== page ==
How do insurance companies determine the value of an item damaged by water?

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How do insurance companies determine the value of an item damaged by water?

The water pipes in the apartment above me busted when it was cold and flooded my apartment. I have

numerous items damaged to include a TV, couch, laptops, phones, and lots of medical books. Do they only give you a set amount per item despite the brand or the amount you paid for it? And what happens if you don’t have proof of what you paid for the item?

Asked on February 8, 2017 under Insurance Law, Virginia

Answers:

SJZ, Member, New York Bar / FreeAdvice Contributing Attorney

Answered 4 years ago | Contributor

There is no set or single methodology, but basically, they try to determine what those things would sell for now--not the cost to replace with a new item, but what (to oversimplify) someone else would have paid to buy *that* TV from you, given its size, make, model, age, etc. They can use "depreciation tables"--rules accountants have come up with for how much value different categories of goods lose each year as they age.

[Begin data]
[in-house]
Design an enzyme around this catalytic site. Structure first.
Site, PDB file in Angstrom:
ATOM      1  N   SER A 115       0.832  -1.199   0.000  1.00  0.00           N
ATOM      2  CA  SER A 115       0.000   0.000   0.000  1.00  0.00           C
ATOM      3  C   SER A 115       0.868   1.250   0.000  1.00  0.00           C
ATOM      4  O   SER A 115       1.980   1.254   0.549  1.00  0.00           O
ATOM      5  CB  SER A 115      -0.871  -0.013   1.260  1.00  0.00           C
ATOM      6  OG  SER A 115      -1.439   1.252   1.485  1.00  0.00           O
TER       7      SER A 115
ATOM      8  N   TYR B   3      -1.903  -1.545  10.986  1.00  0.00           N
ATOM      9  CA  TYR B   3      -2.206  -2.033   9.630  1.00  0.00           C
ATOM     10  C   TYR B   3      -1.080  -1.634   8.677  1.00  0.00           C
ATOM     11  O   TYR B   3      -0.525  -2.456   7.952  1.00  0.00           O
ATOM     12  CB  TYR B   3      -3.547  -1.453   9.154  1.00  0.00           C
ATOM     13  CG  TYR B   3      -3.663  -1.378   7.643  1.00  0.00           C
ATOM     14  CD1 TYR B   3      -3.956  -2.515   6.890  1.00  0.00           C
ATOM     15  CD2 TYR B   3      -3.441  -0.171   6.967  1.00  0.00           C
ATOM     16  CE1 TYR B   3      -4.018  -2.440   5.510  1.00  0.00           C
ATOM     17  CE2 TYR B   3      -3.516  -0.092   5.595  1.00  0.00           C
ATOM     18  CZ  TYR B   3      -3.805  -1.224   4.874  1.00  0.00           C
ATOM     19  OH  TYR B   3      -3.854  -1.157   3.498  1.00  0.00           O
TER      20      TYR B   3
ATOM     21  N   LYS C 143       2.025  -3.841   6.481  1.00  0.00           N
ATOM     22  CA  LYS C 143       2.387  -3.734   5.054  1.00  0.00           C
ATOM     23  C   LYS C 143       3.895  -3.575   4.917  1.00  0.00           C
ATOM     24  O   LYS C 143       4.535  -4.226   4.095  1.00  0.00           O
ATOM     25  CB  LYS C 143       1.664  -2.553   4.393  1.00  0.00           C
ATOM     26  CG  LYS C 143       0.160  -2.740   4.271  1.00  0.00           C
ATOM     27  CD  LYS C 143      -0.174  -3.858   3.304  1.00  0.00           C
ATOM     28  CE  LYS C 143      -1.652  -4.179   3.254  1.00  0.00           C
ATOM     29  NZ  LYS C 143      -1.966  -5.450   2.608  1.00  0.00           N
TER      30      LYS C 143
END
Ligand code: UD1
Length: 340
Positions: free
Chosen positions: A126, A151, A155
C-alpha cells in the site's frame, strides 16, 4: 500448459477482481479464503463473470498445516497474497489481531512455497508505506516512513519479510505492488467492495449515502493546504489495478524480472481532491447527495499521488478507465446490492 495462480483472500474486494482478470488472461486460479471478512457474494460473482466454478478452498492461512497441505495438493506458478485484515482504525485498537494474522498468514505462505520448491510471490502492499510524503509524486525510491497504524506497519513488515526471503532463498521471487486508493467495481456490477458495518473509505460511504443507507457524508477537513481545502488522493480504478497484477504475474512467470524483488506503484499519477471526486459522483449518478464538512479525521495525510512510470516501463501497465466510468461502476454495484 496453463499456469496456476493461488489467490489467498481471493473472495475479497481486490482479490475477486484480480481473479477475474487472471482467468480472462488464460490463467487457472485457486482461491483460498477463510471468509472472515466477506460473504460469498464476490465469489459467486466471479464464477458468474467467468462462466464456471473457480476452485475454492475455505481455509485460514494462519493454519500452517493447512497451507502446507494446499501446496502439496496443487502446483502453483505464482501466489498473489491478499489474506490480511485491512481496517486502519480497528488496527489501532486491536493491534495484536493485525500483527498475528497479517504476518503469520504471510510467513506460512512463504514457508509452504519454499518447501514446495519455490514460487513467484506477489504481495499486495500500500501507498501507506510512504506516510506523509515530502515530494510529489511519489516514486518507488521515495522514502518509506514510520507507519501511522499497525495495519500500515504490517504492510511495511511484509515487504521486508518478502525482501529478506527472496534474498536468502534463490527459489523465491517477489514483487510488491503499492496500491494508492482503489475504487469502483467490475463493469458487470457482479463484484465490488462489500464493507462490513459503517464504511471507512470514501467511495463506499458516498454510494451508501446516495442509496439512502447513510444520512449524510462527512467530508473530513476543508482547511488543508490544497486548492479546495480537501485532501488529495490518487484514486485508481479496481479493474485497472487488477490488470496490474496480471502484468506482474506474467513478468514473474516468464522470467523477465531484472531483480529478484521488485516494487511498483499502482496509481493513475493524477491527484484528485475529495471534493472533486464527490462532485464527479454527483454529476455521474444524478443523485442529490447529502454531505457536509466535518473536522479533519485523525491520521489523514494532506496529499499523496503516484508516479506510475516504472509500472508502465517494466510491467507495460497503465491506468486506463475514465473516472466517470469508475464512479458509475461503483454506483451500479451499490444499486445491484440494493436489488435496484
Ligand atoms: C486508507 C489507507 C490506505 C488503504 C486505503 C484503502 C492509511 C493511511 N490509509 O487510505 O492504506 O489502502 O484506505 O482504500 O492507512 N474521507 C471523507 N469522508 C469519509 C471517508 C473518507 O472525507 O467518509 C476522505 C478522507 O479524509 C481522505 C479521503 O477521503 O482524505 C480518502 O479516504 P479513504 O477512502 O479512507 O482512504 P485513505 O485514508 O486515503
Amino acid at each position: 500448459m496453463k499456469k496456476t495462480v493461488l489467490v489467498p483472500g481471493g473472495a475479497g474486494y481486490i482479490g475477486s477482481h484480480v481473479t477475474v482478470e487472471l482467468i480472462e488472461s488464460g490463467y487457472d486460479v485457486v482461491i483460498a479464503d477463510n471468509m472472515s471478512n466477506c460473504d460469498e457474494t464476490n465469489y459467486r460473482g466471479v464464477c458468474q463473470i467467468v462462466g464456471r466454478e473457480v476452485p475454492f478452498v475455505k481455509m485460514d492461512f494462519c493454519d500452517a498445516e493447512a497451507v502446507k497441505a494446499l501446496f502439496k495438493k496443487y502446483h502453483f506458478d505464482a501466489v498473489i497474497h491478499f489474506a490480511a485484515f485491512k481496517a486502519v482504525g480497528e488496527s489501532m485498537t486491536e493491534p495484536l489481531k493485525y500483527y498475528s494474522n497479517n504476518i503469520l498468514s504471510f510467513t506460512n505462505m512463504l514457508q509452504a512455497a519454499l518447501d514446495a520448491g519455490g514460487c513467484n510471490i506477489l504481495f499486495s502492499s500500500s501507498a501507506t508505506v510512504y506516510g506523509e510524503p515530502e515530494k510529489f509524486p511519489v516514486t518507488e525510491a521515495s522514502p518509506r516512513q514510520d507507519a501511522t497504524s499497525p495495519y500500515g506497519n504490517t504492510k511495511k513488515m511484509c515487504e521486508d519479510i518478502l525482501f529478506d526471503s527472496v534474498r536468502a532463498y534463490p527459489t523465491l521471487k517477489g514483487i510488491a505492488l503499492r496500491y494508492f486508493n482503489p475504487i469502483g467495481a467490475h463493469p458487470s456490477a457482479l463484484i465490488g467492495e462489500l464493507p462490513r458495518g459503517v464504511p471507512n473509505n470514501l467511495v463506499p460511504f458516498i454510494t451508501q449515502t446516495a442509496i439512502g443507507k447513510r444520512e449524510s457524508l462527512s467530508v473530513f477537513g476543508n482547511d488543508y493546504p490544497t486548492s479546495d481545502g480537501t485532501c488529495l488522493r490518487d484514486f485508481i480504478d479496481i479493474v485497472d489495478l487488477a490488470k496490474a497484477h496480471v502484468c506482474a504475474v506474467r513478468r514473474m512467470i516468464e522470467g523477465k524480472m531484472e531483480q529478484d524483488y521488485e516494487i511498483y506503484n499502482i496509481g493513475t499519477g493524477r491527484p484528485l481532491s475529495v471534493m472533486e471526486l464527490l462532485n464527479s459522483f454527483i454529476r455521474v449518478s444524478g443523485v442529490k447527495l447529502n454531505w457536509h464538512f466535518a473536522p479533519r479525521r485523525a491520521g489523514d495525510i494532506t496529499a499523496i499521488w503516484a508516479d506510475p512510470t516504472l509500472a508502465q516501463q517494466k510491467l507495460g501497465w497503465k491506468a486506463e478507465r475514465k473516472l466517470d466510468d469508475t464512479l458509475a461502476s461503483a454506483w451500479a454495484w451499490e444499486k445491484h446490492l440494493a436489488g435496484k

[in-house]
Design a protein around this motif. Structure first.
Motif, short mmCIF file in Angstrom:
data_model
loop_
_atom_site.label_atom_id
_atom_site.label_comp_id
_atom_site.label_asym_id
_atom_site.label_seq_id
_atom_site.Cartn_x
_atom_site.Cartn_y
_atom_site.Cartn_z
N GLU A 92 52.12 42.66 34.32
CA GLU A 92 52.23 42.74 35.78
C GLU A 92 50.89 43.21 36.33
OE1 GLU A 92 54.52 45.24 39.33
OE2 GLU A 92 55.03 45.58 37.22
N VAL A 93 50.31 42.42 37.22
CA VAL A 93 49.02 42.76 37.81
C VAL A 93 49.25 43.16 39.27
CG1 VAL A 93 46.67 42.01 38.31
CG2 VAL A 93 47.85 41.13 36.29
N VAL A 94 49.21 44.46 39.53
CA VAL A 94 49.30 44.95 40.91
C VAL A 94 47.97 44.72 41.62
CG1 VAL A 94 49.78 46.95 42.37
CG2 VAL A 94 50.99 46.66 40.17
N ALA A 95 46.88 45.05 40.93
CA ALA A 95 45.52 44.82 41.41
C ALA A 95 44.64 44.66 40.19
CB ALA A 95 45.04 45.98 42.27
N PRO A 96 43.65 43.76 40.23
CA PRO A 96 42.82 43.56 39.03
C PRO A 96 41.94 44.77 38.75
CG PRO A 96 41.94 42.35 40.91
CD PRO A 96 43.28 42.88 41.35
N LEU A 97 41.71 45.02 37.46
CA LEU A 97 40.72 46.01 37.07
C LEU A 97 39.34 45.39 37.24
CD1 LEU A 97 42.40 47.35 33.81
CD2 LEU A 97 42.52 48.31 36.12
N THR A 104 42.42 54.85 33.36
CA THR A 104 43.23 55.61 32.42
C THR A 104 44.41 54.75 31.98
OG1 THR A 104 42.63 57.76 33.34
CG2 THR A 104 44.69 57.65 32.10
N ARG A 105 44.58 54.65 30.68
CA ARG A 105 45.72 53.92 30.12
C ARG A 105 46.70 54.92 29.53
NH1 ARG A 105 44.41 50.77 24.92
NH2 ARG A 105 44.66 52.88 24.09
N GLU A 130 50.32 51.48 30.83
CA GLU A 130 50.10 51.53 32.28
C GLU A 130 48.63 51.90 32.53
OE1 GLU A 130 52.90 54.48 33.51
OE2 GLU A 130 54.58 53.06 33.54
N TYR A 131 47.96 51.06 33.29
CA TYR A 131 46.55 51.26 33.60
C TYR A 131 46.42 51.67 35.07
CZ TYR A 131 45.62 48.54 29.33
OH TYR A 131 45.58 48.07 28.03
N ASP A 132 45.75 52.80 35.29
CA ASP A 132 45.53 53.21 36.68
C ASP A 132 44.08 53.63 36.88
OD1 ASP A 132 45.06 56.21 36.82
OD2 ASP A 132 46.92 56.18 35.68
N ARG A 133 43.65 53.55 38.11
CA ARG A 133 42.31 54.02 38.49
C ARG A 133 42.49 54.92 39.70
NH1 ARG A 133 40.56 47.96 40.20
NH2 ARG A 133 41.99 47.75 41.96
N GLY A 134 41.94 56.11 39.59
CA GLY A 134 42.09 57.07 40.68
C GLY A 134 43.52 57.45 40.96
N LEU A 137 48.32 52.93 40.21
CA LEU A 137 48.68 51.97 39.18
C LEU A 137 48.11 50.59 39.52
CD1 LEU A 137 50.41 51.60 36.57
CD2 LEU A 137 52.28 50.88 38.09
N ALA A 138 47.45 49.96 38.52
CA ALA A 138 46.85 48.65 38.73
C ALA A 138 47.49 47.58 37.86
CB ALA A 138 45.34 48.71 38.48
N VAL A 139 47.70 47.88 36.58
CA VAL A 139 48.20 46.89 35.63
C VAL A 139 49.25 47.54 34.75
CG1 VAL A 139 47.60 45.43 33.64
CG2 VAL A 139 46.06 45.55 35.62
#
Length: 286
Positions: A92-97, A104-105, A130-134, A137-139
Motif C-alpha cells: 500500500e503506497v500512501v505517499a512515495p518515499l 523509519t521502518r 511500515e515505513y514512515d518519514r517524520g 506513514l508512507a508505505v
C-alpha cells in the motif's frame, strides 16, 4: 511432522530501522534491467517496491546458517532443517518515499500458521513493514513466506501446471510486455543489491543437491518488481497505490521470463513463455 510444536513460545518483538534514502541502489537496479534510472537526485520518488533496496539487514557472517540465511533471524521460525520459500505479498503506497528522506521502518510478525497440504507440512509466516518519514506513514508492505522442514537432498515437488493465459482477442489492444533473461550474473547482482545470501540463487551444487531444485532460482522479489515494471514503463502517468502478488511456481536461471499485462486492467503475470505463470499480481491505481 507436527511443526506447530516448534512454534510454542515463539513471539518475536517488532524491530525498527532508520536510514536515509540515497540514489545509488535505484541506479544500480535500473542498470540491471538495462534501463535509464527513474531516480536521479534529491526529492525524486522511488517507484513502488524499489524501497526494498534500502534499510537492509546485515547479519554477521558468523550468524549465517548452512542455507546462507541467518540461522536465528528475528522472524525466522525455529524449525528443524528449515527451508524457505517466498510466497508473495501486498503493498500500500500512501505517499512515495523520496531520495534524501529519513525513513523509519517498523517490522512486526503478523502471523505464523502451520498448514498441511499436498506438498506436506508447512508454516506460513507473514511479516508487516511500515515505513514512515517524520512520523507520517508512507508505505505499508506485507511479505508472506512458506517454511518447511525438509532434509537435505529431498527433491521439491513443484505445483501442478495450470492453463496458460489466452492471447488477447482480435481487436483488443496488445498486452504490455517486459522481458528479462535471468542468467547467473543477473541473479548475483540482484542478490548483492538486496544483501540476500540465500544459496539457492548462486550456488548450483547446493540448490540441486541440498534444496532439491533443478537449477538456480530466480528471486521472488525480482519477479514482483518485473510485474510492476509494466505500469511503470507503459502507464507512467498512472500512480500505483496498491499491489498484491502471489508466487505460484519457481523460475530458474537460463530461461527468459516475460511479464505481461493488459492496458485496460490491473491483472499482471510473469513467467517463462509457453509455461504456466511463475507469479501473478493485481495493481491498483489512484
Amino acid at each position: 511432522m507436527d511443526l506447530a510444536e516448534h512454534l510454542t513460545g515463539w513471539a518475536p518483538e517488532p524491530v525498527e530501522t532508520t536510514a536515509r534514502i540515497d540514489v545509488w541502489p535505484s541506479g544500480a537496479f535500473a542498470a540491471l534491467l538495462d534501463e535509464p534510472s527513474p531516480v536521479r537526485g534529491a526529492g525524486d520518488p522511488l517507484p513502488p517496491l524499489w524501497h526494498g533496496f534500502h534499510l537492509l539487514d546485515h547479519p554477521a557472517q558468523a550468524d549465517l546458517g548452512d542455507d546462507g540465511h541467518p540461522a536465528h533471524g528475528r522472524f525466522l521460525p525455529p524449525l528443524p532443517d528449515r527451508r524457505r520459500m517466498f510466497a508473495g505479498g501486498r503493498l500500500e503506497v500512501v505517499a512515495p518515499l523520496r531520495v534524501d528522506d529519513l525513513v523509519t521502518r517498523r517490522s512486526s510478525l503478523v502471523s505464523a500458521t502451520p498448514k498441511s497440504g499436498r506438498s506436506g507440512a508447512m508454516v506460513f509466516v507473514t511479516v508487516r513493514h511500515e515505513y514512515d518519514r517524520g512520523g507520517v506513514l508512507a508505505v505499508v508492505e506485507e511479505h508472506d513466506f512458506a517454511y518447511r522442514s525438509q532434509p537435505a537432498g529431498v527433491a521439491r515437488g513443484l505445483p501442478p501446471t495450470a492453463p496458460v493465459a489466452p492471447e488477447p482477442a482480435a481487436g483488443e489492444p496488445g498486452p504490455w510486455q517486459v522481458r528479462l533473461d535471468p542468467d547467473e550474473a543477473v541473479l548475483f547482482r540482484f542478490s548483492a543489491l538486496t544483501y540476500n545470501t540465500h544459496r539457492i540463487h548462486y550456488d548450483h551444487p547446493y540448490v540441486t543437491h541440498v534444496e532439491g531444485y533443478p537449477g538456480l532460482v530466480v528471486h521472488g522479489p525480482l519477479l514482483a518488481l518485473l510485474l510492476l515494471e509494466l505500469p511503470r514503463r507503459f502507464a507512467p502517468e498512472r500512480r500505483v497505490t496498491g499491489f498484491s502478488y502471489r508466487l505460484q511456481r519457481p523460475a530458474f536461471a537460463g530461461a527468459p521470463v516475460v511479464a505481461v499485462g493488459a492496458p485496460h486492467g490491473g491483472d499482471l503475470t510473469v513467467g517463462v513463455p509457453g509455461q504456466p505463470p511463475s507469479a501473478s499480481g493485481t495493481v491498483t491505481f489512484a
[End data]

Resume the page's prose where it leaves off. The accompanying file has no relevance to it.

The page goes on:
Or they can do research and see what like items, given brand, model, age, etc. do actually sell for--that's basically what is done with cars, for example, to determine the value of a used car.
The goal though is the same: to find out what a certain thing is worth now, given its age, type, condition, etc.


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